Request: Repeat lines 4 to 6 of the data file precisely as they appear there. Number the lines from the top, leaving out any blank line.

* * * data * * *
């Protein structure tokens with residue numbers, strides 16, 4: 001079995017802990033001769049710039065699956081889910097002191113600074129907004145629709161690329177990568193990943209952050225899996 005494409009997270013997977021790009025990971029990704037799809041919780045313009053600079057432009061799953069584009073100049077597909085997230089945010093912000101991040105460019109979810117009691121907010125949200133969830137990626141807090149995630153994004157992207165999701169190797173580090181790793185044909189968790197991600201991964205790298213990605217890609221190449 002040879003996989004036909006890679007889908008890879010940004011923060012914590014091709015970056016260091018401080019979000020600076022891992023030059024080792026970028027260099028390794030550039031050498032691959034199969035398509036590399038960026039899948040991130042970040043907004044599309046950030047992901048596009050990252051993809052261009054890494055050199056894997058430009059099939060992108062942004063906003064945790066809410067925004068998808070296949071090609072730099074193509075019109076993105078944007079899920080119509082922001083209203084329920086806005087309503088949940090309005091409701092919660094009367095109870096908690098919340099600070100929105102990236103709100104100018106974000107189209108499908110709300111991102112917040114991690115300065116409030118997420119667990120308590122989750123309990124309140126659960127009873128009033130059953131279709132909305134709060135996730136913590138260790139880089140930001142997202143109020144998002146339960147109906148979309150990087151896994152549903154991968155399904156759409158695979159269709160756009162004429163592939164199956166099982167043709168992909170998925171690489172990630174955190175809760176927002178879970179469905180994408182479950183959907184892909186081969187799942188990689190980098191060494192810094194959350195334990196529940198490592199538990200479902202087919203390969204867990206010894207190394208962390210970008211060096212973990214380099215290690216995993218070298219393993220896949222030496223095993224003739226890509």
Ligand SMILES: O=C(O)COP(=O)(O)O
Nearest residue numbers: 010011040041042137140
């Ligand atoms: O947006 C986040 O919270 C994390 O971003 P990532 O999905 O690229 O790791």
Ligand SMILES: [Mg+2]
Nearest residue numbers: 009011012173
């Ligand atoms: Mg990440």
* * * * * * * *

């Ligand atoms: O947006 C986040 O919270 C994390 O971003 P990532 O999905 O690229 O790791």
Ligand SMILES: [Mg+2]
Nearest residue numbers: 009011012173